Home » Features » Cycle Country: A renewed emphasis on new products – January 22, 2007

Cycle Country: A renewed emphasis on new products – January 22, 2007

Cycle Country Accessories Corp. provided a glimpse of some of its new products that it will be bringing to this year’s Dealer Expo.
What those new accessories are probably isn’t as initially interesting as the sheer number of new products the Iowa manufacturer will display.
Cycle Country CEO Randy Kempf, new himself, said company officials told him the manufacturer had not introduced new product since 2003 or 2004. That’s all changing this year as Cycle Country will be displaying at least nine new items.
“One of the reasons they brought me onboard to run the ship is to take the history I have of developing new products and apply it here,” said Kempf, who was hired to run the company last fall. “I think we got a pretty good start on that.”
The start of the barrage of new products actually began shortly before Kempf was hired away from his former firm, Wessels Co., a maker of pressure vessels for fluid control applications.
Before Kempf’s arrival, interim CEO John Gault held a brainstorming session with the company’s sales, marketing and engineering teams. Upon his hiring, Kempf started with that brainstorming list and, along with his managers, identified top new product ideas. Then, Kempf and Brad Danbom, the company’s national sales manager, visited a number of dealerships and met with distributors. From that, the two “came out with a bunch of new ideas just in talking with them about what kind of things their customers were asking for and what was the hot item.”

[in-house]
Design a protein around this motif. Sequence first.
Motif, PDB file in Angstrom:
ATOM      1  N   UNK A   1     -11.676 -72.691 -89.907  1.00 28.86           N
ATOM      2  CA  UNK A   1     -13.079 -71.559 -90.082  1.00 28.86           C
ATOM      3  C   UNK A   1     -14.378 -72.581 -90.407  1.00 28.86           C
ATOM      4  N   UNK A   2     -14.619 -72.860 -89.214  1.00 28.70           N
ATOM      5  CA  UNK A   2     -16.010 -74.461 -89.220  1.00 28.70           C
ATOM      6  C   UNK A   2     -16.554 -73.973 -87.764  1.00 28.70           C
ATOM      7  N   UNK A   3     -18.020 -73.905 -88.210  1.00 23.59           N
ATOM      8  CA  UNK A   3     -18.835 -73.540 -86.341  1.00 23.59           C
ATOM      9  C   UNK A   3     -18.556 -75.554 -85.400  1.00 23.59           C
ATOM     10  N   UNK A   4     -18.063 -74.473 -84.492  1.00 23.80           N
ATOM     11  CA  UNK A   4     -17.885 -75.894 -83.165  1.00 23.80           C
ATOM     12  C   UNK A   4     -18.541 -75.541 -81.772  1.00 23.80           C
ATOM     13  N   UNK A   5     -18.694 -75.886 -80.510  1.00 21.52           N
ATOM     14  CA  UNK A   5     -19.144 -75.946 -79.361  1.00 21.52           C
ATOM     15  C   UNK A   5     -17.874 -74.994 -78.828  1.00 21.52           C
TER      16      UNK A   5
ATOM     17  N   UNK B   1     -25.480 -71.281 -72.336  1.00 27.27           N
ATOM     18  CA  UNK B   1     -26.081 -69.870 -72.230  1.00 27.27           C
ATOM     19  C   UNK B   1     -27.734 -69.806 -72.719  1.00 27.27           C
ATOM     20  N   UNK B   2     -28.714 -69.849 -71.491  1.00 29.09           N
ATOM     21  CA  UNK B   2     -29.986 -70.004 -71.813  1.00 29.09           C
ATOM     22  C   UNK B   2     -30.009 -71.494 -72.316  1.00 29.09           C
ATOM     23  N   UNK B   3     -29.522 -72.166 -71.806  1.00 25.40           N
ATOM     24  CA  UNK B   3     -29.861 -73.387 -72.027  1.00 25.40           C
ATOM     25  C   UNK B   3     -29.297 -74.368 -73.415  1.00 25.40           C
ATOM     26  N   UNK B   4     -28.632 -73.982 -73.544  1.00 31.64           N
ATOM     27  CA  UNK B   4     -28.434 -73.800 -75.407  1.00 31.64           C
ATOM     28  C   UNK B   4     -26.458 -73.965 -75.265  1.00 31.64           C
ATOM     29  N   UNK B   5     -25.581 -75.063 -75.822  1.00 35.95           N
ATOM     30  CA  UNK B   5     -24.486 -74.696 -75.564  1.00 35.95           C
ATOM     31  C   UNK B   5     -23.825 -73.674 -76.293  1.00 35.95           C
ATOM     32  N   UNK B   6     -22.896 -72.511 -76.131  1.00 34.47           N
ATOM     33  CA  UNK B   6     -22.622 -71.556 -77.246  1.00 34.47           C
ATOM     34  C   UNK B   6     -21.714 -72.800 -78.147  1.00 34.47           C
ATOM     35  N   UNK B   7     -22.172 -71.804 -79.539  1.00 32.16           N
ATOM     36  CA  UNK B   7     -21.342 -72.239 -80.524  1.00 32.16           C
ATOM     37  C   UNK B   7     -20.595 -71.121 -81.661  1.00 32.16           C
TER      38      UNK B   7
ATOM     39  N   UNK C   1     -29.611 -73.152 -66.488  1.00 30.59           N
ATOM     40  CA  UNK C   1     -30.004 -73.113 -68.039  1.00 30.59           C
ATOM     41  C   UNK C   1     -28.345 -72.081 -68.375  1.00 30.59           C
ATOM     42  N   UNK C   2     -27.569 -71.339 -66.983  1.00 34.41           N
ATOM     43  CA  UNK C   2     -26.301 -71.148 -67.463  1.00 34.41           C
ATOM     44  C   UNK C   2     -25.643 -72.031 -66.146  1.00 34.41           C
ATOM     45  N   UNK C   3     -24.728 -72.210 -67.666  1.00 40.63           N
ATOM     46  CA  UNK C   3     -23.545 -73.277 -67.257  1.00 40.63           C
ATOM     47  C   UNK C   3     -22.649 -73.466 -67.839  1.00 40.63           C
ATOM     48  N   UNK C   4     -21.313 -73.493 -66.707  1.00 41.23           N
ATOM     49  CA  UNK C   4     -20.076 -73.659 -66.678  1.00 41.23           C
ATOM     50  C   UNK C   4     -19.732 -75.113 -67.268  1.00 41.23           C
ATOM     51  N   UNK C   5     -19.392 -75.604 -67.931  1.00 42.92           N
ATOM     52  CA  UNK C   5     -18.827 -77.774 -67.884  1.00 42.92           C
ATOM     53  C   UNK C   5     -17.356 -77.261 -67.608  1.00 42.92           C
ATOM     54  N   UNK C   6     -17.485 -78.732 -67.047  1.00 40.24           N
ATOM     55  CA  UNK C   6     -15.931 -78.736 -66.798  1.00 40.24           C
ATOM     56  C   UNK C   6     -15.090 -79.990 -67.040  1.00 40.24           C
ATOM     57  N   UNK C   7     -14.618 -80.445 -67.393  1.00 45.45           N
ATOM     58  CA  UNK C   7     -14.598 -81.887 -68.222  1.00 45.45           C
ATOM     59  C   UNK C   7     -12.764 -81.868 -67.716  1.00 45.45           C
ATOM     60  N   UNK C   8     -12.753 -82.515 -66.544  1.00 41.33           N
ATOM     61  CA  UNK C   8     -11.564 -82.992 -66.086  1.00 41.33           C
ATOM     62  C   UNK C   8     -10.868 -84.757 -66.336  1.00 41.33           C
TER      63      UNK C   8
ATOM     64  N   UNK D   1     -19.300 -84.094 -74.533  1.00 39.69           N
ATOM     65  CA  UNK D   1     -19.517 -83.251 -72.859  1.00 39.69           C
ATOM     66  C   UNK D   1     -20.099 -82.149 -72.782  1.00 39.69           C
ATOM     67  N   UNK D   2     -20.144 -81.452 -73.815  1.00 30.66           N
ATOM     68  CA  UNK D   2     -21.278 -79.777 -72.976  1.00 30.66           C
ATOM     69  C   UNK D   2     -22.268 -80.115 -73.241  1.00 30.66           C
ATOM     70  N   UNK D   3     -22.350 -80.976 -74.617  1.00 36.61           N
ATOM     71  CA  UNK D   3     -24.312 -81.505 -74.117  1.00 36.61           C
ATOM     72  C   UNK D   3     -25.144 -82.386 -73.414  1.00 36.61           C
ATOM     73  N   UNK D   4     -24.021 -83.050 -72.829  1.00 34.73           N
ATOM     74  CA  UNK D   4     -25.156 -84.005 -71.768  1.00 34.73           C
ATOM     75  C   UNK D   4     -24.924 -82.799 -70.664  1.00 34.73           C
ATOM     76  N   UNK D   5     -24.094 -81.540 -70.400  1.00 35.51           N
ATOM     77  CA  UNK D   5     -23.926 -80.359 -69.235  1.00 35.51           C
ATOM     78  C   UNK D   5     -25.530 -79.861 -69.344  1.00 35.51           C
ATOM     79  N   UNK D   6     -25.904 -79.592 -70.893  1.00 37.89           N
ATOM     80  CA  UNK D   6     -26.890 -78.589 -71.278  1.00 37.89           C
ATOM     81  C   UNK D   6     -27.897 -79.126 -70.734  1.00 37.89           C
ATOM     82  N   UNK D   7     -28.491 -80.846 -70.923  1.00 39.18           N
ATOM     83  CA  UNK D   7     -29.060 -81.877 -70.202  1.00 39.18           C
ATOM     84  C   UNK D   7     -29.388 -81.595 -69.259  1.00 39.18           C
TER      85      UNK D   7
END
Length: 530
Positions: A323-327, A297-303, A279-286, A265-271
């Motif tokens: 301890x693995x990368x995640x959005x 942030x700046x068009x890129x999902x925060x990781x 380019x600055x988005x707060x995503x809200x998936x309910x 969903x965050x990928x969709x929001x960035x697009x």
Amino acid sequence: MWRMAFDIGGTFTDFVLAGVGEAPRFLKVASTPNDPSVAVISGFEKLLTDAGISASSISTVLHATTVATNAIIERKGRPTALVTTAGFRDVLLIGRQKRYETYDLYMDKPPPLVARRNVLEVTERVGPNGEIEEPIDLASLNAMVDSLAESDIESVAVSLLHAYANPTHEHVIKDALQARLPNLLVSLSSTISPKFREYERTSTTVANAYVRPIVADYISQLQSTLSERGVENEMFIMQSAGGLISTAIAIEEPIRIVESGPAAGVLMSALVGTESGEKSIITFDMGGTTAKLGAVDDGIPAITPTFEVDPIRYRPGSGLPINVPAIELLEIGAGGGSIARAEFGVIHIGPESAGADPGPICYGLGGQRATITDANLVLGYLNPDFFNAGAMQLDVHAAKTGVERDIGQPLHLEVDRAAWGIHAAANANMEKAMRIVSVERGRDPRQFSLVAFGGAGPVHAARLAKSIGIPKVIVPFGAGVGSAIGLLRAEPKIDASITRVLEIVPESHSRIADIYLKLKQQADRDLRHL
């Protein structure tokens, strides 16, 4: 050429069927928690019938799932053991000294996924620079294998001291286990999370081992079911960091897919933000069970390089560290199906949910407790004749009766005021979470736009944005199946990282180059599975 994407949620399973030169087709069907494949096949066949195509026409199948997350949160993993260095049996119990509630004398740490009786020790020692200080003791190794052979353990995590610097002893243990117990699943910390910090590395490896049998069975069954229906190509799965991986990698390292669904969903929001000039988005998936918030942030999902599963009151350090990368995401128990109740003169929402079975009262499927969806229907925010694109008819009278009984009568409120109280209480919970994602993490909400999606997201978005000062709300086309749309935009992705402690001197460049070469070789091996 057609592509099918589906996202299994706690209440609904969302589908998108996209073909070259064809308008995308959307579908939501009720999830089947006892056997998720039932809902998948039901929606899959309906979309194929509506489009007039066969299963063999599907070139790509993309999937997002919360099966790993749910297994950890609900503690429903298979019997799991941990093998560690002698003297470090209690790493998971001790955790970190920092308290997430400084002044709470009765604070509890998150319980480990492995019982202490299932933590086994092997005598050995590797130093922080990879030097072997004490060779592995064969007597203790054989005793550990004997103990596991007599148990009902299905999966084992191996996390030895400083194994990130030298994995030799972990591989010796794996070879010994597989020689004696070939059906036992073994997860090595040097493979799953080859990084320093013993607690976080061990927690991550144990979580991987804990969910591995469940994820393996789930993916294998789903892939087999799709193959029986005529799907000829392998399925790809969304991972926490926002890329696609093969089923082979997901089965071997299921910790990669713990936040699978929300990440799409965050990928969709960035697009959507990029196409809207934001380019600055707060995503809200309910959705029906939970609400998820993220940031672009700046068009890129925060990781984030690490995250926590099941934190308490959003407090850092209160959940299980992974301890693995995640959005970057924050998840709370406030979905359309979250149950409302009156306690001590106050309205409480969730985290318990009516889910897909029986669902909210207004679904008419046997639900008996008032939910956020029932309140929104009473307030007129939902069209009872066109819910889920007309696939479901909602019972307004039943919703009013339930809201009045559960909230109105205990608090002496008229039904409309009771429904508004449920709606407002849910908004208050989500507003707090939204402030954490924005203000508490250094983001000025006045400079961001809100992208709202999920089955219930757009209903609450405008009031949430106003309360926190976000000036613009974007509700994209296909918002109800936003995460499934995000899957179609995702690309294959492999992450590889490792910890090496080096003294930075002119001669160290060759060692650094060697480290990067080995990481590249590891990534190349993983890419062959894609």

To increase focus on new product production, Kempf also made some internal personnel changes and put together a development schedule that put a priority on getting certain projects completed. The company also has invested more in research and development.
“In essence, I’ve doubled the design resources that we have since I’ve started and look to be increasing that based on the continued flow of new product ideas from customers,” Kempf said.
Some of those new product ideas have been for UTVs, which continue to post double-digit sales growth according to some manufacturers. Because Cycle Country wants to put an emphasis on UTV products, Kempf said the company is likely to have a “blinged out” Rhino at its Indy booth, decked out with an array of accessories.
“Some of the (company’s) new products, in some cases, are looking at products that are already out there and saying, ‘Geez, that’s not a good solution.’ And coming up with a better solution. Not a me-too, but a better solution,” Kempf said. “And others were, ‘Gee, nobody has done or thought of that. But man, that’s a great idea. So let’s go do it.’ So we are.”
The speed in which the company can produce new products has surprised Kempf, a former executive of two Indiana manufacturing companies.
“We can come up with a new product idea on Monday,” he said, “have a design done by Tuesday, a prototype by Wednesday and a sample out by Friday. It takes us a day to paint it. And then we take it out and mount it on the front of the ATVs and UTVs that we have here and abuse it to make sure it will last. Our ability to turnaround a new product is staggering.”
Besides producing new products, the company recently finished a three-year business plan that outlines short-term and long-term goals. Some of those include increasing international sales, becoming ISO-certified as well as developing products for existing markets and developing new markets for existing products.
What the outlook boils down to, Kempf said, is “getting back to the fundamentals of listening to our customers and our markets and responding with competitively priced, high-quality products that meet those needs.”

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